Complicated Decision Matrices, and Complicated Decisions in General- Anjali Mani

Today was the day! For weeks my team, and the whole class really, have been itching to start designing. It’s surprisingly difficult to work on a design project like this without being able to start drafting concepts, and slightly frustrating when you forgot that one brilliant idea you had when you were supposed to be doing Calculus. But that’s not important, because now we have a design!

But before any good design comes brainstorming. In an attempt to create a judgment free zone, we made a mind map of our customer needs and possible solutions with, which is a pretty cool tool. Unfortunately we are all aware of each other’s writing styles and could hear comments of “Wait, ignore that.” And “Did I spell that right?”, so we all knew who was writing what, but it was a good way to get our creative juices flowing.

Last class we each developed three ideas (each armed with a brightly colored marker) to create a device to prevent DVT and increase blood flow and comfort in general individually. Below is a picture that captures all of our creative brilliance, but also the peer edits that were made when we silently passed around our designs for additions/subtractions/mildly sarcastic comments. It seemed silly at the time, but by not communicating, we were able to give our automatic feedback without listening to explanations, and sometimes coming up with our own original ideas off of a simple comment.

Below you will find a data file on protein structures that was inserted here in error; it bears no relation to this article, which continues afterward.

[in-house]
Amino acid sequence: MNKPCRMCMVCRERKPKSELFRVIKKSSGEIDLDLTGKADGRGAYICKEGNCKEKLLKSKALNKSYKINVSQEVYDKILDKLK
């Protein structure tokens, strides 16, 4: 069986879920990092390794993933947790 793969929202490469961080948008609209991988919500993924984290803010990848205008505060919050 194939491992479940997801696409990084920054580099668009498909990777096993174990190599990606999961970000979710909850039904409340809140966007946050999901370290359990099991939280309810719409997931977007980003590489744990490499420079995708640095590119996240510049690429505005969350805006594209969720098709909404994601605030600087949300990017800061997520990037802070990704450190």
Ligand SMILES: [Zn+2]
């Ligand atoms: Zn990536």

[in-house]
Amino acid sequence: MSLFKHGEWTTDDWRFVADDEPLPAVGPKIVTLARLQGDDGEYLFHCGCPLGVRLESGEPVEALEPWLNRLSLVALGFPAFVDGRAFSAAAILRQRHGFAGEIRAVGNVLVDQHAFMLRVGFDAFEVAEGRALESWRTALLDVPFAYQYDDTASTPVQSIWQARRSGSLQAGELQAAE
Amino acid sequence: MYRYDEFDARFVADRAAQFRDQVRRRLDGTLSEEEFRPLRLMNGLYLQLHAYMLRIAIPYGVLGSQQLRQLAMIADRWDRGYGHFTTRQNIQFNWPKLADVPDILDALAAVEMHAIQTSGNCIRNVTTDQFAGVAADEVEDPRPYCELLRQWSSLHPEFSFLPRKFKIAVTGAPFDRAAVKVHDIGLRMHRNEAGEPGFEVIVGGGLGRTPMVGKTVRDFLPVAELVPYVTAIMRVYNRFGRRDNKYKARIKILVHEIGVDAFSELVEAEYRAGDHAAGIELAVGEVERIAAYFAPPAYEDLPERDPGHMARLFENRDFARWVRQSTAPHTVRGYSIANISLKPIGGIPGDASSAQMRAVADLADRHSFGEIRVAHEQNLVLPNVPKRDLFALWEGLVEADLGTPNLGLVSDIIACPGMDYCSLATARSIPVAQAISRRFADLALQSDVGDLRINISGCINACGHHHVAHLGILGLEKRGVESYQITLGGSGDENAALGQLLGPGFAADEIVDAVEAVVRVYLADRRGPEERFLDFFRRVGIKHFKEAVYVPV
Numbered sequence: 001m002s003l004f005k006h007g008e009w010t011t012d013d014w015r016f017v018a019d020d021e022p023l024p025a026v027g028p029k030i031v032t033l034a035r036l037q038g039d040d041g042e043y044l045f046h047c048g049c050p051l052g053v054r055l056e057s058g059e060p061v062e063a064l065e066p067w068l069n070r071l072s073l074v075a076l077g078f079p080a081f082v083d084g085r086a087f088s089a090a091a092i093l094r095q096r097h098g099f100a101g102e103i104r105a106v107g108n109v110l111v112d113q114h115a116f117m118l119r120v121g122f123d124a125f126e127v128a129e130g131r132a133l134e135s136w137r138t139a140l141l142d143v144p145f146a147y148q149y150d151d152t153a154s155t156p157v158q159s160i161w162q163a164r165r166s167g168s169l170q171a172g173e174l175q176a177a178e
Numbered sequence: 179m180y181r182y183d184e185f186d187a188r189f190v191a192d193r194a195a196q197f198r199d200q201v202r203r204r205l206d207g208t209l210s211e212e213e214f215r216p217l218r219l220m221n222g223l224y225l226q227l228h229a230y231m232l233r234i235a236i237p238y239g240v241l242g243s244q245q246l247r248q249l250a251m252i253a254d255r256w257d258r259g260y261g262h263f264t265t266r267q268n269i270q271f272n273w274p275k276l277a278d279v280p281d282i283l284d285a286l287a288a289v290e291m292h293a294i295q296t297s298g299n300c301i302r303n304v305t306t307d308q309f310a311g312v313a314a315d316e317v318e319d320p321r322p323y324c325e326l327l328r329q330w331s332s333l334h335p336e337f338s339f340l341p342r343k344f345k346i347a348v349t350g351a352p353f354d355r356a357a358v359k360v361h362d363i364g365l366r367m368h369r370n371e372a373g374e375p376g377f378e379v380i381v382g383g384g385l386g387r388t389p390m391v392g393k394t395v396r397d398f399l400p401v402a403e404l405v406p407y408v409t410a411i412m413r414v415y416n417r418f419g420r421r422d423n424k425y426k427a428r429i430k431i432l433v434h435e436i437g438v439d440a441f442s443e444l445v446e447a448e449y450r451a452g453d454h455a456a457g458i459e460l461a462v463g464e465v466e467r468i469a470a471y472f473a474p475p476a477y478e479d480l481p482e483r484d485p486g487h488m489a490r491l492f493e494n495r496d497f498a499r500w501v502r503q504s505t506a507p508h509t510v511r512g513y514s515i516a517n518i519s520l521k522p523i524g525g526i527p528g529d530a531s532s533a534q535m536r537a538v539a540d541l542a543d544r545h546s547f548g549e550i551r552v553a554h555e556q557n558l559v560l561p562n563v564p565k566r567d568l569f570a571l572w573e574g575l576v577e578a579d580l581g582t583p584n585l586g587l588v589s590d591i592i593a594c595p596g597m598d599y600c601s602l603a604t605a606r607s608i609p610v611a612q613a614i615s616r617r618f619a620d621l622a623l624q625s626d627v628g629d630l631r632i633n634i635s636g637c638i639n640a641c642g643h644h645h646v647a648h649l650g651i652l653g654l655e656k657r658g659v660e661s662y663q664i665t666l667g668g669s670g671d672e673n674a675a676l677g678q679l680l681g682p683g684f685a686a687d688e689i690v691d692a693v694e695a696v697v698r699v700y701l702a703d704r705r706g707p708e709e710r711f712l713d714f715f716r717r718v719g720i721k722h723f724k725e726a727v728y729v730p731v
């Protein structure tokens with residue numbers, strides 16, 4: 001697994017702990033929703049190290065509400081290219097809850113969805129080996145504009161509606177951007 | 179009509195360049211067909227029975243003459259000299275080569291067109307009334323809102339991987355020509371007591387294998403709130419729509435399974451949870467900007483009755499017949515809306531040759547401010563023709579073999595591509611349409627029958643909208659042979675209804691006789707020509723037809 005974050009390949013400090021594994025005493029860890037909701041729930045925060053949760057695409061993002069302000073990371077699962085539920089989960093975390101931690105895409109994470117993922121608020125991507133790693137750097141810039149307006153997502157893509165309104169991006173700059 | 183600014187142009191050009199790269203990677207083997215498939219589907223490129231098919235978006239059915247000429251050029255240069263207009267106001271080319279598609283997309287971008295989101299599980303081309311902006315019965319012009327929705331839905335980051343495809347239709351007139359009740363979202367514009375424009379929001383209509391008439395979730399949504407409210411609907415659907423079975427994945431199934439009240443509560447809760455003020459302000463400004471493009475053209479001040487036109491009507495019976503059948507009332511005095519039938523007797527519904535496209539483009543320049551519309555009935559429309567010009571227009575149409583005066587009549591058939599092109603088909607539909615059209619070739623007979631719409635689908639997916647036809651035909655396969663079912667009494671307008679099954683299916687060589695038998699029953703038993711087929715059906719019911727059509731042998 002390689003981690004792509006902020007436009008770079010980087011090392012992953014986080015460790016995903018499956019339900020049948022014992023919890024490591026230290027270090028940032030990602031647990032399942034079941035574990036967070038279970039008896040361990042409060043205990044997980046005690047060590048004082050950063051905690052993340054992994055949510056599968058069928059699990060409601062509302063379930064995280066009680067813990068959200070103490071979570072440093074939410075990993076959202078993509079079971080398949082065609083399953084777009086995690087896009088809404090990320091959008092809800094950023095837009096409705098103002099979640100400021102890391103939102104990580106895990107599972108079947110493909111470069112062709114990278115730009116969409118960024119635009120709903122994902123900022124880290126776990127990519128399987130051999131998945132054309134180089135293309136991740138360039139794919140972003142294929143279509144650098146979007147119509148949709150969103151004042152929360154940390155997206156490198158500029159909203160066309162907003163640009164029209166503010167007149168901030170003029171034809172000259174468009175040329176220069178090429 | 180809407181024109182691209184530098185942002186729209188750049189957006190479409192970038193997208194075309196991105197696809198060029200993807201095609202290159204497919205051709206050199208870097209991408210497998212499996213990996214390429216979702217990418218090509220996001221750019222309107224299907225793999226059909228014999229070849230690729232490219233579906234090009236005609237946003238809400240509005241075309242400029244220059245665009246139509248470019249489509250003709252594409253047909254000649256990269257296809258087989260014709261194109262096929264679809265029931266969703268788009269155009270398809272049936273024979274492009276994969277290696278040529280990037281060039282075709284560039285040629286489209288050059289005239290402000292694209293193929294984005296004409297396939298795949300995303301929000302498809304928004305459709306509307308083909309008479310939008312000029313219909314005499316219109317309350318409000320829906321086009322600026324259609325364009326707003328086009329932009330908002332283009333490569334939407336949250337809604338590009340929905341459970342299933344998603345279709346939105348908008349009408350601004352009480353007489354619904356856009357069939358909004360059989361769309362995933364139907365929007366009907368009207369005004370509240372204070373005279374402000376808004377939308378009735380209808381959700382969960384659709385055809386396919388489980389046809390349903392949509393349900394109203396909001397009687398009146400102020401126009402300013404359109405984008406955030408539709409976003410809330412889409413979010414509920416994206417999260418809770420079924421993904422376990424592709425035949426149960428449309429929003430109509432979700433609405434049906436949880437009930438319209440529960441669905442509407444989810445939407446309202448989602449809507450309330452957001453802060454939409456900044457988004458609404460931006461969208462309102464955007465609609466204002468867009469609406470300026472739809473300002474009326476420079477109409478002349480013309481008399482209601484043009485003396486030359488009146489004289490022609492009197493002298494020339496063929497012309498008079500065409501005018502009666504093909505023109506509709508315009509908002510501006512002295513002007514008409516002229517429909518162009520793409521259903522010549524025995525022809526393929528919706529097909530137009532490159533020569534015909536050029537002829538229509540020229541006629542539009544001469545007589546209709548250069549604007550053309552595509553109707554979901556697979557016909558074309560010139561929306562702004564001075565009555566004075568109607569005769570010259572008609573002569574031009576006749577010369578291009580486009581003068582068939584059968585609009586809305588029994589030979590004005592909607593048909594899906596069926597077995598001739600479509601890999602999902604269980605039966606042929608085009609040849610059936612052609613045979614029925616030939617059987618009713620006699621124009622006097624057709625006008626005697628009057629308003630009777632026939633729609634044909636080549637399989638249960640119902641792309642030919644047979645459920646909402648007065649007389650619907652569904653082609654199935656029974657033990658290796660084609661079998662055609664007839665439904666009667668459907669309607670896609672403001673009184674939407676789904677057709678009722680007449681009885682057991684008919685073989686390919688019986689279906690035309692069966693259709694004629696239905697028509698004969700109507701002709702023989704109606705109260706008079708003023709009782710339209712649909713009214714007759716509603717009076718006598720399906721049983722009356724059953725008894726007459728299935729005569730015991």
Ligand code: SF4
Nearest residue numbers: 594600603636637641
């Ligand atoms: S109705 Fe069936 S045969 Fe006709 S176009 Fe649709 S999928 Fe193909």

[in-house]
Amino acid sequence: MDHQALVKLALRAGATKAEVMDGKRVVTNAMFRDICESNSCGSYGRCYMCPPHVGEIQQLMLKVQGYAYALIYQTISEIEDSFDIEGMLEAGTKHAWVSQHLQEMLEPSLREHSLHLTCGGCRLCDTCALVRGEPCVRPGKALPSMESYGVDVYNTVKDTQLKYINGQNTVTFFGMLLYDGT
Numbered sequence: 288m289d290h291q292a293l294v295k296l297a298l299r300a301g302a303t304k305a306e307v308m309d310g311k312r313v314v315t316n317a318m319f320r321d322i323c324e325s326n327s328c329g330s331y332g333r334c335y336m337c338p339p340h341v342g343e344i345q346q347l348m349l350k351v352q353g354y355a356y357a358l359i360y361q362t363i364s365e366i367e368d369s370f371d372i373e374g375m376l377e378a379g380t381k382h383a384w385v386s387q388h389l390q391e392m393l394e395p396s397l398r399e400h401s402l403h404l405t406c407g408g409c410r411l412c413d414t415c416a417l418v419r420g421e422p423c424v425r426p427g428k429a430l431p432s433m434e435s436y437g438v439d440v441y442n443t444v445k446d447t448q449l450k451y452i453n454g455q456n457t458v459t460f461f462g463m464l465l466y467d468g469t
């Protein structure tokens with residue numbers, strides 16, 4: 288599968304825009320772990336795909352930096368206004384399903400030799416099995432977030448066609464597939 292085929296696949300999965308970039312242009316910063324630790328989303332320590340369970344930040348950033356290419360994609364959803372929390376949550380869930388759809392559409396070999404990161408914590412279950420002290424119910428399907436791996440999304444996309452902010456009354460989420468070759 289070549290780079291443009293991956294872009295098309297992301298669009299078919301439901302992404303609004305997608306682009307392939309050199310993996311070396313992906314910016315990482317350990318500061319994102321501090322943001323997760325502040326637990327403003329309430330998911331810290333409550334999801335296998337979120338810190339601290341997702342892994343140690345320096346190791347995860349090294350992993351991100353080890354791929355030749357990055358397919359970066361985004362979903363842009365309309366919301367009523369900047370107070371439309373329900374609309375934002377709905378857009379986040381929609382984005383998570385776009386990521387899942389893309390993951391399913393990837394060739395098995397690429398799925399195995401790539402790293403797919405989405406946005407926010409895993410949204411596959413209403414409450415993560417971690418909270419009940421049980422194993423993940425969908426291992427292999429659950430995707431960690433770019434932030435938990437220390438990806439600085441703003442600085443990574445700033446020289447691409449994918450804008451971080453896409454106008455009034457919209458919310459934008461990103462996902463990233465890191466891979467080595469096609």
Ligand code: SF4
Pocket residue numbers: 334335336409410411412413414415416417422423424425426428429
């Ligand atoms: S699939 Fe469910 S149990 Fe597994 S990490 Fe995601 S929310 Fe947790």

A personal photo of the sketches from the combined genius of JetSet
A personal photo of the sketches from the combined genius of JetSet

Next, we split up and each developed our own concept sketch of how to increase blood flow when seated on long airplane flights. We all came back, with different levels of sketching talent (I was not at the top) to compare our ideas with the grand decision matrix. Yes, fancy words. It was a bit intimidating. But it isn’t really that hard. Essentially, you rank your customer needs and how well each proposal fits those needs, do some basic calculations, and the lowest number is the best design. After a terrifying moment when it looked like the rickety little charter bus footrests were going to outrank all of our creative designs, my design won. And I say won because it met most criteria of our customer needs, but we will be tweaking the design to incorporate the ideas of other designs and fixing it along the way.

The not so scary JetSet Decision Matrix.
The not so scary JetSet Decision Matrix.

The current design looks something like this.

JetSet Current Design
JetSet Current Design

We are envisioning it as a laptop sized device that can go at your feet and pop up with springs to act as foot pumps or something of the sort. It’s a work in progress. This design was the most unique, it doesn’t attach to the airplane, which in turn makes it more portable and less likely to break. I think that everyone on JetSet is fairly pleased with the current design, and now we are able to move on further into the design process, which is always exciting!

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